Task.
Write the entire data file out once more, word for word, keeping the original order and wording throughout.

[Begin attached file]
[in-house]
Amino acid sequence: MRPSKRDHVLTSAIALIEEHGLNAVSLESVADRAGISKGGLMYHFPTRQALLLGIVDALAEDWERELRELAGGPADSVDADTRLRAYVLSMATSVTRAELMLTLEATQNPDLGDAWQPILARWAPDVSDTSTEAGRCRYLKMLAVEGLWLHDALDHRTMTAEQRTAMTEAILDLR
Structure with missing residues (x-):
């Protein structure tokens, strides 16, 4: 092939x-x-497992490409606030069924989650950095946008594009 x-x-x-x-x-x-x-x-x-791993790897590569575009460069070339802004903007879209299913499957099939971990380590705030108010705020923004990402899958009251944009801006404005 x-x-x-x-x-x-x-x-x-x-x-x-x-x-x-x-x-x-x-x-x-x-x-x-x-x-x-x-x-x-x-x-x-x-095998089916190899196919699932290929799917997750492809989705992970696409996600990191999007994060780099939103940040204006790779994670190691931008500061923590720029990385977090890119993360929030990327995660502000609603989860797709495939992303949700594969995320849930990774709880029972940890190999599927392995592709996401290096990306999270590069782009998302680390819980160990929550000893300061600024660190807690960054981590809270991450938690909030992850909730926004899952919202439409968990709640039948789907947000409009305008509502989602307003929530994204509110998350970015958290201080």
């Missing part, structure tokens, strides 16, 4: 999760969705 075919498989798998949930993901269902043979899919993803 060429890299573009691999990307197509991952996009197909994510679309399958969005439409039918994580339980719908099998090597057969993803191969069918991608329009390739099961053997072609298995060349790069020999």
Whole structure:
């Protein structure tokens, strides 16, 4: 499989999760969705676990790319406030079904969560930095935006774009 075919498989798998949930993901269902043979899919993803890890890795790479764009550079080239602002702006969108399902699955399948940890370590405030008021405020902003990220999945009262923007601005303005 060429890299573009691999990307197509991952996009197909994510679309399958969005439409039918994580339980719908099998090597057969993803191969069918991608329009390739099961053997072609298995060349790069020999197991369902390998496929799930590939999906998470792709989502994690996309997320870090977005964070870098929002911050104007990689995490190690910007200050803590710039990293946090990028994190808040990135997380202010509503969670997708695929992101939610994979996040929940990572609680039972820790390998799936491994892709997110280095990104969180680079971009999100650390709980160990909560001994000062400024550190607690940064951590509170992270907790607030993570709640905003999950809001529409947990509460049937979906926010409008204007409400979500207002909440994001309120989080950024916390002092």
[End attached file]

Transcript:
[in-house]
Amino acid sequence: MRPSKRDHVLTSAIALIEEHGLNAVSLESVADRAGISKGGLMYHFPTRQALLLGIVDALAEDWERELRELAGGPADSVDADTRLRAYVLSMATSVTRAELMLTLEATQNPDLGDAWQPILARWAPDVSDTSTEAGRCRYLKMLAVEGLWLHDALDHRTMTAEQRTAMTEAILDLR
Structure with missing residues (x-):
């Protein structure tokens, strides 16, 4: 092939x-x-497992490409606030069924989650950095946008594009 x-x-x-x-x-x-x-x-x-791993790897590569575009460069070339802004903007879209299913499957099939971990380590705030108010705020923004990402899958009251944009801006404005 x-x-x-x-x-x-x-x-x-x-x-x-x-x-x-x-x-x-x-x-x-x-x-x-x-x-x-x-x-x-x-x-x-x-095998089916190899196919699932290929799917997750492809989705992970696409996600990191999007994060780099939103940040204006790779994670190691931008500061923590720029990385977090890119993360929030990327995660502000609603989860797709495939992303949700594969995320849930990774709880029972940890190999599927392995592709996401290096990306999270590069782009998302680390819980160990929550000893300061600024660190807690960054981590809270991450938690909030992850909730926004899952919202439409968990709640039948789907947000409009305008509502989602307003929530994204509110998350970015958290201080």
């Missing part, structure tokens, strides 16, 4: 999760969705 075919498989798998949930993901269902043979899919993803 060429890299573009691999990307197509991952996009197909994510679309399958969005439409039918994580339980719908099998090597057969993803191969069918991608329009390739099961053997072609298995060349790069020999």
Whole structure:
């Protein structure tokens, strides 16, 4: 499989999760969705676990790319406030079904969560930095935006774009 075919498989798998949930993901269902043979899919993803890890890795790479764009550079080239602002702006969108399902699955399948940890370590405030008021405020902003990220999945009262923007601005303005 060429890299573009691999990307197509991952996009197909994510679309399958969005439409039918994580339980719908099998090597057969993803191969069918991608329009390739099961053997072609298995060349790069020999197991369902390998496929799930590939999906998470792709989502994690996309997320870090977005964070870098929002911050104007990689995490190690910007200050803590710039990293946090990028994190808040990135997380202010509503969670997708695929992101939610994979996040929940990572609680039972820790390998799936491994892709997110280095990104969180680079971009999100650390709980160990909560001994000062400024550190607690940064951590509170992270907790607030993570709640905003999950809001529409947990509460049937979906926010409008204007409400979500207002909440994001309120989080950024916390002092």